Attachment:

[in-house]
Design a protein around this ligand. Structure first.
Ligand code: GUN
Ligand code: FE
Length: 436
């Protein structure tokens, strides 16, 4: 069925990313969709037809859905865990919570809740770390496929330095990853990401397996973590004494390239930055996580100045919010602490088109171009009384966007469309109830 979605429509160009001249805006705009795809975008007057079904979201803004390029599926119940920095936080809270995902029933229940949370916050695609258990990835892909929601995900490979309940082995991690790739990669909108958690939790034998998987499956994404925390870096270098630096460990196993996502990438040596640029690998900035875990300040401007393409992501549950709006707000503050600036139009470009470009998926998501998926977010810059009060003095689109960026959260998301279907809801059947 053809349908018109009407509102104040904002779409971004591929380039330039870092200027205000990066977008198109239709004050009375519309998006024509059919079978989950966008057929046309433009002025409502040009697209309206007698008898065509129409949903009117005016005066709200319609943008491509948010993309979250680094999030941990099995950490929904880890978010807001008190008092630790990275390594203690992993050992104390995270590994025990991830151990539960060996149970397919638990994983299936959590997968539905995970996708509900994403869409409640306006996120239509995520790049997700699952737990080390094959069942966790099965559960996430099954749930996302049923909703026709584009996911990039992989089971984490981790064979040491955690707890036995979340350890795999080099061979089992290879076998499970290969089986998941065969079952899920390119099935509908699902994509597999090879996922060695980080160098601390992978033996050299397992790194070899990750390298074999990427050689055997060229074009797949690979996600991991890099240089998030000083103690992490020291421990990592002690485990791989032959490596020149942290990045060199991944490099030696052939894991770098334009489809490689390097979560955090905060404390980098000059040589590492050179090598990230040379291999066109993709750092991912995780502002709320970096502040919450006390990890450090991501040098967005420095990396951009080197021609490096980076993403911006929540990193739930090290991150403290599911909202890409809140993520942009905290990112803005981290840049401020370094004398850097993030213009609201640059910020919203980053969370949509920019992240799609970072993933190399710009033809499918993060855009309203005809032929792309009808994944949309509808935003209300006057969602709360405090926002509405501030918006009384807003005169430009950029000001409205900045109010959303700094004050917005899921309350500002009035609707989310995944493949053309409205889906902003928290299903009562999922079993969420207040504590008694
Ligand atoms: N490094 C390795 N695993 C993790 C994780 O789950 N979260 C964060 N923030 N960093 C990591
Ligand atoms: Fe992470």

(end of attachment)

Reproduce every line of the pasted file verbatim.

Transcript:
[in-house]
Design a protein around this ligand. Structure first.
Ligand code: GUN
Ligand code: FE
Length: 436
């Protein structure tokens, strides 16, 4: 069925990313969709037809859905865990919570809740770390496929330095990853990401397996973590004494390239930055996580100045919010602490088109171009009384966007469309109830 979605429509160009001249805006705009795809975008007057079904979201803004390029599926119940920095936080809270995902029933229940949370916050695609258990990835892909929601995900490979309940082995991690790739990669909108958690939790034998998987499956994404925390870096270098630096460990196993996502990438040596640029690998900035875990300040401007393409992501549950709006707000503050600036139009470009470009998926998501998926977010810059009060003095689109960026959260998301279907809801059947 053809349908018109009407509102104040904002779409971004591929380039330039870092200027205000990066977008198109239709004050009375519309998006024509059919079978989950966008057929046309433009002025409502040009697209309206007698008898065509129409949903009117005016005066709200319609943008491509948010993309979250680094999030941990099995950490929904880890978010807001008190008092630790990275390594203690992993050992104390995270590994025990991830151990539960060996149970397919638990994983299936959590997968539905995970996708509900994403869409409640306006996120239509995520790049997700699952737990080390094959069942966790099965559960996430099954749930996302049923909703026709584009996911990039992989089971984490981790064979040491955690707890036995979340350890795999080099061979089992290879076998499970290969089986998941065969079952899920390119099935509908699902994509597999090879996922060695980080160098601390992978033996050299397992790194070899990750390298074999990427050689055997060229074009797949690979996600991991890099240089998030000083103690992490020291421990990592002690485990791989032959490596020149942290990045060199991944490099030696052939894991770098334009489809490689390097979560955090905060404390980098000059040589590492050179090598990230040379291999066109993709750092991912995780502002709320970096502040919450006390990890450090991501040098967005420095990396951009080197021609490096980076993403911006929540990193739930090290991150403290599911909202890409809140993520942009905290990112803005981290840049401020370094004398850097993030213009609201640059910020919203980053969370949509920019992240799609970072993933190399710009033809499918993060855009309203005809032929792309009808994944949309509808935003209300006057969602709360405090926002509405501030918006009384807003005169430009950029000001409205900045109010959303700094004050917005899921309350500002009035609707989310995944493949053309409205889906902003928290299903009562999922079993969420207040504590008694
Ligand atoms: N490094 C390795 N695993 C993790 C994780 O789950 N979260 C964060 N923030 N960093 C990591
Ligand atoms: Fe992470």